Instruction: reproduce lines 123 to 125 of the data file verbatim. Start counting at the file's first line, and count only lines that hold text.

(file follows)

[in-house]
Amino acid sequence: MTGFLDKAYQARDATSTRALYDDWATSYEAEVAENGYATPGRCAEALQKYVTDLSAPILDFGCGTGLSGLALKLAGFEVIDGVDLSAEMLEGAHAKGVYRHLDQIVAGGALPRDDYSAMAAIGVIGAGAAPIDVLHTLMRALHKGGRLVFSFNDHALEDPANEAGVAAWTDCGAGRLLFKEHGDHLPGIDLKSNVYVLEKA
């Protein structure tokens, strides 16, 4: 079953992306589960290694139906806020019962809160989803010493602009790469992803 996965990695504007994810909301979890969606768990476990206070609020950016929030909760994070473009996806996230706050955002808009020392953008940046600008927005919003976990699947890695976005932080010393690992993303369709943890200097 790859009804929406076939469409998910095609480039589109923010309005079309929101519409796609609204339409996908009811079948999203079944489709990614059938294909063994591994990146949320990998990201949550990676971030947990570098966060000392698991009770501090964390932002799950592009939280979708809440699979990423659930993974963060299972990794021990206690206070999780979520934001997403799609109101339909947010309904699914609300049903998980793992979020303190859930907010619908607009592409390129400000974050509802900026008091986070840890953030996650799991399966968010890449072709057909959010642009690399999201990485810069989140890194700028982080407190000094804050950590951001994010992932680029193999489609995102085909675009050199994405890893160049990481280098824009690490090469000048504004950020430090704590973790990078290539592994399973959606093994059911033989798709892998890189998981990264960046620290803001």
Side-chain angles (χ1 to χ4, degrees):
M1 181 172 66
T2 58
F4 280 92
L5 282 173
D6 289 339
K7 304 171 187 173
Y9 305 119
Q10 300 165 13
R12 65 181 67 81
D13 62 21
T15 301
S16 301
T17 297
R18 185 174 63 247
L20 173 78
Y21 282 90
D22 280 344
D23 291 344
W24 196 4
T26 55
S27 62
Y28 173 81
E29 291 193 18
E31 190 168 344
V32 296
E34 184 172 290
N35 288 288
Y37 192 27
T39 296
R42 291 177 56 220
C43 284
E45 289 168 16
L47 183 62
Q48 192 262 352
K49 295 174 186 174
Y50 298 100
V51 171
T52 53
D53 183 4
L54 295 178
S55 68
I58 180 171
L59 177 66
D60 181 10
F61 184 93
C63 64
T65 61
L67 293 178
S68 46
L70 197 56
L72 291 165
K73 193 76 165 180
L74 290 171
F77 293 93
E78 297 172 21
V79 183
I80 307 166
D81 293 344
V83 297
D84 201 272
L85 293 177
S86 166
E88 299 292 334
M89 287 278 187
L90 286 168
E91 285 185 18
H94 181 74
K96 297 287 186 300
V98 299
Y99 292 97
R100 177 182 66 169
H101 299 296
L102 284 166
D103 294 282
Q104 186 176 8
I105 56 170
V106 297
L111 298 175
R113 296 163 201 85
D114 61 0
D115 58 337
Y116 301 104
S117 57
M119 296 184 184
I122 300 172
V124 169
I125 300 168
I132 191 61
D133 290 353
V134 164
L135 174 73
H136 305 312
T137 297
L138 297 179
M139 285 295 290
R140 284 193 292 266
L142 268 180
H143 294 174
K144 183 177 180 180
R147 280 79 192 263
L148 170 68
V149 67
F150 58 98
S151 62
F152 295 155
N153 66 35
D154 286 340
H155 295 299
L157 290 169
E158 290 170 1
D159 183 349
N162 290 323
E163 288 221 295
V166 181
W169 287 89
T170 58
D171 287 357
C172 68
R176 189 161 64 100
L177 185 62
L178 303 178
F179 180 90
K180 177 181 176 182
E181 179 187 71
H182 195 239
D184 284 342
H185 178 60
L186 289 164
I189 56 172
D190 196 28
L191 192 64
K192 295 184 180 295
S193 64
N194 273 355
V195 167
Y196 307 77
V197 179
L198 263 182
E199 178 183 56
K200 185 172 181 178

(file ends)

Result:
R176 189 161 64 100
L177 185 62
L178 303 178